One of my pet peeves is the number of clicks it takes to get at the information I need in a website. Another is having to scroll down a page to see all the information. Then there’s the irritation of printing out a web page and not getting all of the information in one page, and not knowing if it will print in landscape or portrait orientation.
Well, we fixed that problem. We now have individual PDF pages for the different aluminum bottle models we have. So if you’d like to get all the relevant technical details for say, the Plus 32 line, just print out the PDF. What you get is exactly what you see on the screen.
It seems that aluminum beer bottles are becoming quite popular, not with the general public (at least not yet), but with collectors. Just go to ebay and search for ‘aluminum beer bottles’ and you’ll find pages and pages of aluminum beer bottles being auctioned off for pretty good prices.
Case in point: there’s an ebay listing for 2 new rare J W Dundee Honey Brown Aluminum Beer Bottle for $23.95! Then there’s another listing for 145 assorted aluminum beer bottles for $850 plus $50 shipping. That’s $900 for 145 beer bottles, or $6.20 per bottle. Mind you, they’re empty – so it truly is the packaging they’re after and not the beer.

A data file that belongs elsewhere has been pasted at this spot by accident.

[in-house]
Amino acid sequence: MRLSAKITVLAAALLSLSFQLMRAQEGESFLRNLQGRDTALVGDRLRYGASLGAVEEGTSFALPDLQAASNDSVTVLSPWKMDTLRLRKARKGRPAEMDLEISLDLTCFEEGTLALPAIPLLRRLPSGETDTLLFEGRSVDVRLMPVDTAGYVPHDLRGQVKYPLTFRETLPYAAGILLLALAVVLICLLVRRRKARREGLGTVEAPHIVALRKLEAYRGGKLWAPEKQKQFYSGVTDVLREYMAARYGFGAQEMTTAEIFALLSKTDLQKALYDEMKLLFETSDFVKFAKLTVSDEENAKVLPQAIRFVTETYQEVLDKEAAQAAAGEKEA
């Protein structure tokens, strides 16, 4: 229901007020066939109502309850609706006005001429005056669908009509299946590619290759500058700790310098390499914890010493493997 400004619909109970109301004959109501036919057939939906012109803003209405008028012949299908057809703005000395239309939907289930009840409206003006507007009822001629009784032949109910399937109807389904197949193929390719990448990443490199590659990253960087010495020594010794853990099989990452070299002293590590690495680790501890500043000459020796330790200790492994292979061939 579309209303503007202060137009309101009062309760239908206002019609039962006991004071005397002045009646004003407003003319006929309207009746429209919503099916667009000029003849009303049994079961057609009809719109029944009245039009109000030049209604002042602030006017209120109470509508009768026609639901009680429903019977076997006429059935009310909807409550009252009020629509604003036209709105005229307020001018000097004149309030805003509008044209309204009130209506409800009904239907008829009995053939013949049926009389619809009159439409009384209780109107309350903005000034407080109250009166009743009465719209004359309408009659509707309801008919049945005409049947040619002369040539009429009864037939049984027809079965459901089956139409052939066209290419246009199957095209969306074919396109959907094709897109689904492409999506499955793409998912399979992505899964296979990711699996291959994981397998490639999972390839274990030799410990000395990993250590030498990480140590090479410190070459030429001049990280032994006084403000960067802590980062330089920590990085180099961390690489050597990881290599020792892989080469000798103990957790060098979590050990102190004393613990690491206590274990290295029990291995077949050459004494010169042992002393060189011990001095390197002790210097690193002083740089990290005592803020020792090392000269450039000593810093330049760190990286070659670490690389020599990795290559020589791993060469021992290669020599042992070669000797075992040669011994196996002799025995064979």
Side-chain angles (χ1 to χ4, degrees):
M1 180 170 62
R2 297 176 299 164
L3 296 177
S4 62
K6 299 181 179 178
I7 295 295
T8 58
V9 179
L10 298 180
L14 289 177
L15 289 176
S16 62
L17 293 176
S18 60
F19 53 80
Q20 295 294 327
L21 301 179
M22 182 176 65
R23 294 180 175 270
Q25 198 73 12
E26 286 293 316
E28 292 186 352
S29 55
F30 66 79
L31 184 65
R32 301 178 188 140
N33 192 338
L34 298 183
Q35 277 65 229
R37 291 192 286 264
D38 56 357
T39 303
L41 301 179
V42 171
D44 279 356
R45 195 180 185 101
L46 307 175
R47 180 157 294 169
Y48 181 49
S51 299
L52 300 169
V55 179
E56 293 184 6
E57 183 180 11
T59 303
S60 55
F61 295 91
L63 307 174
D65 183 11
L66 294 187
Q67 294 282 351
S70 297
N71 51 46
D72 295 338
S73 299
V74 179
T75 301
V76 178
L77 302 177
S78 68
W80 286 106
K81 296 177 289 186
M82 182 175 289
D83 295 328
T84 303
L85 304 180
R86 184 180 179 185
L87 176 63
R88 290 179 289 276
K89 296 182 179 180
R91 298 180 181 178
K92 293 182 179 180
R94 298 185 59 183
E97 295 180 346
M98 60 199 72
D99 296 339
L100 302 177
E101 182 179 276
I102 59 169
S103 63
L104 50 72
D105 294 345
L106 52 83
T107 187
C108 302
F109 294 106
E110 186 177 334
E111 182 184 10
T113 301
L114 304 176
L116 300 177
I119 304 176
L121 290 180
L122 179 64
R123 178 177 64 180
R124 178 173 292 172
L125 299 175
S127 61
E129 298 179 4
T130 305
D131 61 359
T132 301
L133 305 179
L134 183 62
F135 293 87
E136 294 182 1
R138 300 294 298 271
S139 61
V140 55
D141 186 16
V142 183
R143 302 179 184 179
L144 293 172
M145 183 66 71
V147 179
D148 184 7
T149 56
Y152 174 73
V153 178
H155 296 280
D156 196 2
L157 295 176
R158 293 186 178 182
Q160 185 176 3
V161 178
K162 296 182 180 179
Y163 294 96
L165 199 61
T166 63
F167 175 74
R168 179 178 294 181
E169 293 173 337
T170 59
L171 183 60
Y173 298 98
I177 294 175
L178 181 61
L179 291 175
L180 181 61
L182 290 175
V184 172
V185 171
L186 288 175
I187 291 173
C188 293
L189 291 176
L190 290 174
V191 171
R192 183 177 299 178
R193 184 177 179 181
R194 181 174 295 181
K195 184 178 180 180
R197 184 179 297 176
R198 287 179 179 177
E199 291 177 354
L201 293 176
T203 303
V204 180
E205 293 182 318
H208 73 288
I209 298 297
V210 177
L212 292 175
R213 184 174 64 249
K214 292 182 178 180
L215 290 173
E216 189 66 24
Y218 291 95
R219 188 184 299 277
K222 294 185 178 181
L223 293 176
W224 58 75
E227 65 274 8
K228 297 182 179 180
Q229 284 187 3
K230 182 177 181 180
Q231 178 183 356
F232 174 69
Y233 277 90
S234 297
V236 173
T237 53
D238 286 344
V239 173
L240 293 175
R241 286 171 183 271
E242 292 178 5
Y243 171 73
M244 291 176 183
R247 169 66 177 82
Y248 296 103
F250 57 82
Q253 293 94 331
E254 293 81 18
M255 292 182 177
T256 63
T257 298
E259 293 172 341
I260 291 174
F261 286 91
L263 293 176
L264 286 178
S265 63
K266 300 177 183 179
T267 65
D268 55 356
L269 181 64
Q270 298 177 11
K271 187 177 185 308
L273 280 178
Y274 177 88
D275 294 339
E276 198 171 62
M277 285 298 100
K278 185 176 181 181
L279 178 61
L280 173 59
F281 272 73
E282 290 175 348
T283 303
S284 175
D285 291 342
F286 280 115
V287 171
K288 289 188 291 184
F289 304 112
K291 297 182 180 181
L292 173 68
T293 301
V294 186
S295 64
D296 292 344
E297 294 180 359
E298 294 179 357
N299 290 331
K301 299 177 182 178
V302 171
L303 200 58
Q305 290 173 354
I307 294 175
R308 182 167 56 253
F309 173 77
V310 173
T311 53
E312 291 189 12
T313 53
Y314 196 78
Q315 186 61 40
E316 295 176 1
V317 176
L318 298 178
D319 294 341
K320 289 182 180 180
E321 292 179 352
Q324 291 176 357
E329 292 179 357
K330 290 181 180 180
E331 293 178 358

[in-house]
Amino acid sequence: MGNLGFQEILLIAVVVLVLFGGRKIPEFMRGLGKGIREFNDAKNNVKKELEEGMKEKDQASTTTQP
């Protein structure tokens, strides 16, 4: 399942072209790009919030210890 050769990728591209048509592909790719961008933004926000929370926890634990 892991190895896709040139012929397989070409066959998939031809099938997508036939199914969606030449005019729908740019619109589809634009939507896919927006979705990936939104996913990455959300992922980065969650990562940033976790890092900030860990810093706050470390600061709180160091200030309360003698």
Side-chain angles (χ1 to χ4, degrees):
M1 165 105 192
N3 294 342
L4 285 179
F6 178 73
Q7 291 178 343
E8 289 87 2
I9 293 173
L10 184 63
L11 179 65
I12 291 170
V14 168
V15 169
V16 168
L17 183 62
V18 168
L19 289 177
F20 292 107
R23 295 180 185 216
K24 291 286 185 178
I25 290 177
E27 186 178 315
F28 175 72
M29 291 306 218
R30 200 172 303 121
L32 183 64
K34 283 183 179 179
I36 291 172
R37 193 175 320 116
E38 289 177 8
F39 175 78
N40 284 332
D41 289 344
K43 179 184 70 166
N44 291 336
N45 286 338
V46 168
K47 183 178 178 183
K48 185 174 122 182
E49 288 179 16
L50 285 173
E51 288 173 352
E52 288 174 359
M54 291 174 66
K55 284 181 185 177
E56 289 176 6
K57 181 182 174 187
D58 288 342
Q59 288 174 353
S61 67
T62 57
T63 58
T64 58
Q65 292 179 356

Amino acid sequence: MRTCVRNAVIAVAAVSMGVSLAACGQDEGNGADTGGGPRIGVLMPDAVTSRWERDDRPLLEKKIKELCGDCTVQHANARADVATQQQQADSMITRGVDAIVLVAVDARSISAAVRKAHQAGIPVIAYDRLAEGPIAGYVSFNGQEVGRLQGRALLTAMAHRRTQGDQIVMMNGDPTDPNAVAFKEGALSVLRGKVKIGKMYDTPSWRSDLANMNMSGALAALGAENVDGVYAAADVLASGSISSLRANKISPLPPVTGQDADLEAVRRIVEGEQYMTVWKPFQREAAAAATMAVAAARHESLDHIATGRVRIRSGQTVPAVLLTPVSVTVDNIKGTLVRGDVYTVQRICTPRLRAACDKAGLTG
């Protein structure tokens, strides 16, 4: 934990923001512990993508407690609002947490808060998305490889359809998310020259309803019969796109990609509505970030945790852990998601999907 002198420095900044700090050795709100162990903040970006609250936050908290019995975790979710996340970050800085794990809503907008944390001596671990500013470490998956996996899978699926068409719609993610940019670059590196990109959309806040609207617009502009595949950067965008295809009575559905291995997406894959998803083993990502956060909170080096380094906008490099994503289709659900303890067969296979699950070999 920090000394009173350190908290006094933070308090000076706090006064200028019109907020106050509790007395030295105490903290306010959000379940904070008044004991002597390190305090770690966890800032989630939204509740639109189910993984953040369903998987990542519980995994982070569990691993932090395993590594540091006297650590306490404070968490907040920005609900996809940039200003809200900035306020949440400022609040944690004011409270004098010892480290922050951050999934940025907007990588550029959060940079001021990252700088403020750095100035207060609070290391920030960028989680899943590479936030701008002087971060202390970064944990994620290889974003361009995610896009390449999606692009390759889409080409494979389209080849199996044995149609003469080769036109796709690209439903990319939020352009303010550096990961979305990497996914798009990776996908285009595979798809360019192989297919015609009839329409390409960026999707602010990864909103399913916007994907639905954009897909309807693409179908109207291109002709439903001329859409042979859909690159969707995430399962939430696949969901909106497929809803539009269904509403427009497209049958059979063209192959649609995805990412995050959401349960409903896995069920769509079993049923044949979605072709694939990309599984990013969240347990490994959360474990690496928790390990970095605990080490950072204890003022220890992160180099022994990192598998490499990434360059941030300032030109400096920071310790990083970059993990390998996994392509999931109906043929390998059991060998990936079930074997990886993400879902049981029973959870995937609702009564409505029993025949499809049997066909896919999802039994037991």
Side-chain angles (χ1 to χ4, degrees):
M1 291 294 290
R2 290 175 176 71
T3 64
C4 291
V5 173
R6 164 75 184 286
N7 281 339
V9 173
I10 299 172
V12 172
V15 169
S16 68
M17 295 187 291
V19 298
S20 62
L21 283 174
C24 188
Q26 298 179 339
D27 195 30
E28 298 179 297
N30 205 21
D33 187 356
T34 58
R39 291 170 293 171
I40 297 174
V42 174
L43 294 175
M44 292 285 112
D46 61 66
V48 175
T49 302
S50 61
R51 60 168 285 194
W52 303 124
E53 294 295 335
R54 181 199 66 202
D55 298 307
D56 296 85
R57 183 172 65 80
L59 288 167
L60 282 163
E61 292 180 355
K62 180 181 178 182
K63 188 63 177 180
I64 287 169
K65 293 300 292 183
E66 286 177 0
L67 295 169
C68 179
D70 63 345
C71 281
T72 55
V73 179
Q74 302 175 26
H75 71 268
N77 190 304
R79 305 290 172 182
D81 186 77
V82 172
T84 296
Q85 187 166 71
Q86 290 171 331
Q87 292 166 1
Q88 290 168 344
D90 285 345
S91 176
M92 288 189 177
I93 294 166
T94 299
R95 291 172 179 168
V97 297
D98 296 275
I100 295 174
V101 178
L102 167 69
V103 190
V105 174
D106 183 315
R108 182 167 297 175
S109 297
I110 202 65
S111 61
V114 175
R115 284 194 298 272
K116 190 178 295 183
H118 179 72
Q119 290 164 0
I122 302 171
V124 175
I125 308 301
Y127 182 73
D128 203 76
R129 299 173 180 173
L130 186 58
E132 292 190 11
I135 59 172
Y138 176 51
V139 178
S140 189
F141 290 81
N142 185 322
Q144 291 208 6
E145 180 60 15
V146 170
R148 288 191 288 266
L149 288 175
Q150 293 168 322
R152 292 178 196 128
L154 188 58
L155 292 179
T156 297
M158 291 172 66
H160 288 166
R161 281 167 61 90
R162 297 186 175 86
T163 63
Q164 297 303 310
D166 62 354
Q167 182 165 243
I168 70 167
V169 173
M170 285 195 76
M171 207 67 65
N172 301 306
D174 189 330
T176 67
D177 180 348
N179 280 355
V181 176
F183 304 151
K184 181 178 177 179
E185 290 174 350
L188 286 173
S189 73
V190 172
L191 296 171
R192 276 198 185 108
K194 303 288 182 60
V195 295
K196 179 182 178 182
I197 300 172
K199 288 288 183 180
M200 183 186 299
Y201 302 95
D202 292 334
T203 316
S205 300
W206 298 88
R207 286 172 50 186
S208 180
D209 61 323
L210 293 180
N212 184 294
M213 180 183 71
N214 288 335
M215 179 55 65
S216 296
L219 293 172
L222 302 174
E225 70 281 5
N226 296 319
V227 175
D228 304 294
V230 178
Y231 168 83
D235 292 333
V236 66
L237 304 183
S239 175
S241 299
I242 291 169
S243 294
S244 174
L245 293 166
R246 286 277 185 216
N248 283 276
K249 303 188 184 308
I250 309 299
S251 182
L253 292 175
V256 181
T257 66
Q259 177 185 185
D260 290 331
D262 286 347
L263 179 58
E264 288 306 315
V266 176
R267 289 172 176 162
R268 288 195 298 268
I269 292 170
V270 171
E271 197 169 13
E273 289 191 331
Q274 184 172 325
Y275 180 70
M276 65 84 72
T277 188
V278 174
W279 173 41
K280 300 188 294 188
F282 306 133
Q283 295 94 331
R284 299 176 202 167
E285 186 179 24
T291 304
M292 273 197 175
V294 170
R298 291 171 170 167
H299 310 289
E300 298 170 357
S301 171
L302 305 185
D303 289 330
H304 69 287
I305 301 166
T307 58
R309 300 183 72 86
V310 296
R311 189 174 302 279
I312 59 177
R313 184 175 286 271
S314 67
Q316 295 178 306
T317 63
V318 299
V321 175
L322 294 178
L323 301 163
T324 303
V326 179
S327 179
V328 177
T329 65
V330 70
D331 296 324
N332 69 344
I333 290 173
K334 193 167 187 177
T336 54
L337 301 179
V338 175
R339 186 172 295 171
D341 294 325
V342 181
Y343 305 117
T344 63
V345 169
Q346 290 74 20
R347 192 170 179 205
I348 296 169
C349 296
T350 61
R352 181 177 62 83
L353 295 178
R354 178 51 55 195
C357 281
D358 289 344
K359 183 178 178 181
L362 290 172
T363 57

Aluminum is finding its way in products that have traditionally been packaged in glass. Case in point: aluminum wine bottles. For purists, it’s almost heretical to put wines in anything else but glass. But clearly some winemakers have found some real advantages in packaging their wine in aluminum bottles.
Voute, the French winery, is one of the most prominent recent examples. As Voute says, “We chose aluminum not only because it brings qualities identical to glass in terms of compatibility with wine, but it also protects the wine from light, which accelerates the (bad) aging process. Our bottles are unbreakable, single-serve and lightweight” They also use to the “green” argument to justify their decision: “Aluminum is 100-percent recyclable . . . and results in significant reductions in greenhouse gas emissions, thanks to it lower weight.”
Another interesting advantage over glass is the fact that it cools 5x faster than glass. This is an advantage pointed to recently by some American brewers. Personally, I like to see my chardonnay through glass. I think I would miss out on the typical wine tasting ritual by not being able to see the wine color before I sniff and taste. But then again, it seems really convenient to pack a couple of aluminum wine bottles in a cooler and not have to worry about breakage 🙂